Single by Van Halen
from the album 1984
B-side"House of Pain"
ReleasedDecember 21, 1983
Studio5150 Studios, Studio City, California
LabelWarner Bros.
Producer(s)Ted Templeman
Van Halen singles chronology
"I'll Wait"
Audio sample
Music video
"Jump" on YouTube

"Jump" is a song by American rock band Van Halen. It was released in December 1983 as the lead single of their sixth studio album, 1984. It is Van Halen's most successful single, reaching number 1 on the US Billboard Hot 100.[1] The song differs from earlier Van Halen songs in that it is driven by a keyboard riff, although the song does contain a guitar solo. David Lee Roth dedicated the song to martial artist Benny "The Jet" Urquidez, of whom he was a student.[2] In 2021, Rolling Stone ranked "Jump" at number 177 on its updated list of the "500 Greatest Songs of All Time".[3]

"Jump" was one of the few Van Halen songs originally recorded by Roth that Sammy Hagar would perform live during his tenures with the band.

Writing and composition

The synth line was written circa 1981 by Eddie Van Halen, but it was rejected by the other members of the band. In 1983, producer Ted Templeman asked Roth to listen to the unused song idea. Riding around in the back of his 1951 Mercury, with band roadie Larry Hostler driving, Roth listened repeatedly to the tune. To come up with a lyric for it, he remembered seeing a TV news report the night before about a suicidal jumper. Roth thought that one of the onlookers at such an event would inevitably yell "go ahead and jump". Roth bounced this suggestion off Hostler who agreed it was good; however, instead of describing a potential suicide, the lyrics were written as an ontological invitation to action, life and love. Roth later told Musician magazine that Hostler was "probably the most responsible for how it came out."[4] The song is set in the key of C major, with the guitar solo in the key of B♭ minor. "Jump" has a moderate common time tempo of 129 beats per minute.[5]

Ted Templeman recalls that "Jump" was recorded at Eddie Van Halen's newly constructed home studio. "Engineer Donn Landee and Ed put the track down alone in the middle of the night. We recut it once in one take for sonic reasons. Dave wrote the lyrics that afternoon in the backseat of his Mercury convertible. We finished all vocals that afternoon and mixed it that evening."[6]

The keyboard part was performed on an Oberheim OB-Xa.[7][8] Live performances began with Eddie's synthesizer solo "1984". During the reunion tour with Roth, the two songs were used for the band's encore.

According to Daryl Hall of Hall & Oates, "[Eddie] Van Halen told me that he copied the synth part from 'Kiss on My List' and used it in 'Jump.' I don't have a problem with that at all."[9]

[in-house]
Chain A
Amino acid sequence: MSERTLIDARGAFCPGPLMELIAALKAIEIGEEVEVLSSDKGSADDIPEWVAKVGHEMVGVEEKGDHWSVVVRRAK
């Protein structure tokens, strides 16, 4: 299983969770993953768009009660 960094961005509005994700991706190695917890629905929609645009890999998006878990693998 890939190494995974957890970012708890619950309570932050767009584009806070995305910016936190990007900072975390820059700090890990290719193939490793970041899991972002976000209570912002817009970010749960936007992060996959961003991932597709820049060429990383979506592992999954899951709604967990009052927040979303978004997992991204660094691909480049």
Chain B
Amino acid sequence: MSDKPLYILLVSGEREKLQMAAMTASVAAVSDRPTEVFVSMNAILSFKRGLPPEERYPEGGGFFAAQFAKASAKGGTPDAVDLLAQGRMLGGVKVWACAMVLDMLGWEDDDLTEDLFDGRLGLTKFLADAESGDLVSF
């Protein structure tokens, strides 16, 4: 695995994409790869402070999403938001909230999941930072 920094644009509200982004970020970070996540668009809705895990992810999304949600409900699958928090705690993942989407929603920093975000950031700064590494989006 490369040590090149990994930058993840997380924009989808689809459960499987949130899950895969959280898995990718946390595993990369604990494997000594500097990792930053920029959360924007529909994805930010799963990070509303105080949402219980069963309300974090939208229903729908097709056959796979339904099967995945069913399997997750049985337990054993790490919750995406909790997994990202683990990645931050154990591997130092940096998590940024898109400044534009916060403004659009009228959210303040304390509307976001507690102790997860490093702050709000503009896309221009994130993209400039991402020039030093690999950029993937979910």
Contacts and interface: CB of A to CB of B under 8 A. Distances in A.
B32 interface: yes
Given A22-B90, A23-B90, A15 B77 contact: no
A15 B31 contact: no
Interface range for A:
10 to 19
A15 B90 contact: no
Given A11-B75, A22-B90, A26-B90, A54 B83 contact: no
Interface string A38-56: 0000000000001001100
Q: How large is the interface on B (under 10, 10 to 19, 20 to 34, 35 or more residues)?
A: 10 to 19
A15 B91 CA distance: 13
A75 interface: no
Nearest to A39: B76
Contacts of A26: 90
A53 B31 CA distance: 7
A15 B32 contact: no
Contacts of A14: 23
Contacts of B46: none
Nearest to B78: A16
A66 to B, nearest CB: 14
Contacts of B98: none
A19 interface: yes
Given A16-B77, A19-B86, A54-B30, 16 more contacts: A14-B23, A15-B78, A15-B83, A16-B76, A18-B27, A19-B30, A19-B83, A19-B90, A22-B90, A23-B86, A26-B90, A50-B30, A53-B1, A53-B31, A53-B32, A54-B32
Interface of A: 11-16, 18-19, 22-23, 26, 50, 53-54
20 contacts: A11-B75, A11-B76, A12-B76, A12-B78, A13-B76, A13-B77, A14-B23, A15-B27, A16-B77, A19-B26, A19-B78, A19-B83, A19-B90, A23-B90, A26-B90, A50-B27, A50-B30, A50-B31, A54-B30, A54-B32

Musically, the song was a departure from the band's original style,[10] embracing more of a popular and radio-friendly sound. "Jump" has been described as a "synth-rocker",[11] as a combination of hard rock and pop,[12] as exemplifying pop rock of the 1980s, built on a classic rock foundation of repeated bass notes and having standard rock instrumentation,[13] and as "a true rock masterpiece."[14] The song has been also described as a pop/glam metal anthem.[15][16][17][18][19]

Van Halen performs "Jump", November 10, 2007

Music video

The music video for "Jump" was directed by Pete Angelus and David Lee Roth. It is a straightforward performance clip. It was nominated for three MTV Video Music Awards, and won "Best Stage Performance" for the video. The audio mix of the song in video version has an extra "Ah oh oh!" yell from Roth before the last chorus.

In the 2011 book MTV Ruled the World: The Early Years of Music Video by Greg Prato, Angelus discussed the video. "'Jump' really was just about personality, really. It was a very simple video. We shot it for nothing. David wanted to incorporate his karate-flipping - that he loved so much - into the whole thing. The initial concept was just to film them in a very simple live setting, and let the personalities show through. We did it very quickly. Seriously, I think that we probably spent more money on pizza delivery than we did on the video itself. But that was the intention - make it a very intimate, personal feeling, with a very big band."[20]

Sporting anthem

Since December 1986, before every home game at the Stade Vélodrome, Olympique de Marseille players enter to Van Halen's song.[21]

As part of the goal celebrations it is also played every time A.C. Milan scores a goal at their home ground San Siro.[22]

The song is a staple at Detroit Pistons NBA games whenever a jump ball is called.

The original Winnipeg Jets of the National Hockey League played "Jump" on the arena PA system as the team came onto the ice. They used the song until the team's departure for Phoenix after the 1995–96 season. On the team's return in 2011, public outcry for use of the song initially was ignored, as the team's management company True North Sports and Entertainment wished to create a break with the past, considering the previous Jets a different organization from the new Jets (the former Atlanta Thrashers). However, in 2016 True North resumed the use of "Jump", this time as the team's goal song whenever the Jets score a goal at Bell MTS Place.[23]

"Jump" was the theme song for the introduction of Chicago Cubs broadcasts on WGN-TV in 1984 and 1985, and was formerly what the team would run onto the field to before the top of the 1st inning.[24][25]


"Jump" was ranked number 15 on VH1's 100 Greatest Songs of the 1980s. The song was listed by The Rock and Roll Hall of Fame and Museum as one of the "500 Songs that Shaped Rock and Roll."[26] Chuck Klosterman of Vulture.com ranked it the 16th-best Van Halen song, calling it "an articulation of unadulterated joy and the unprecedented power of six rudimentary keyboard chords arranged in the best possible sequence."[16] Ahead of the 2012 Summer Olympics, the song was voted as the favourite sporting anthem, in a poll of members of PRS for Music.[27]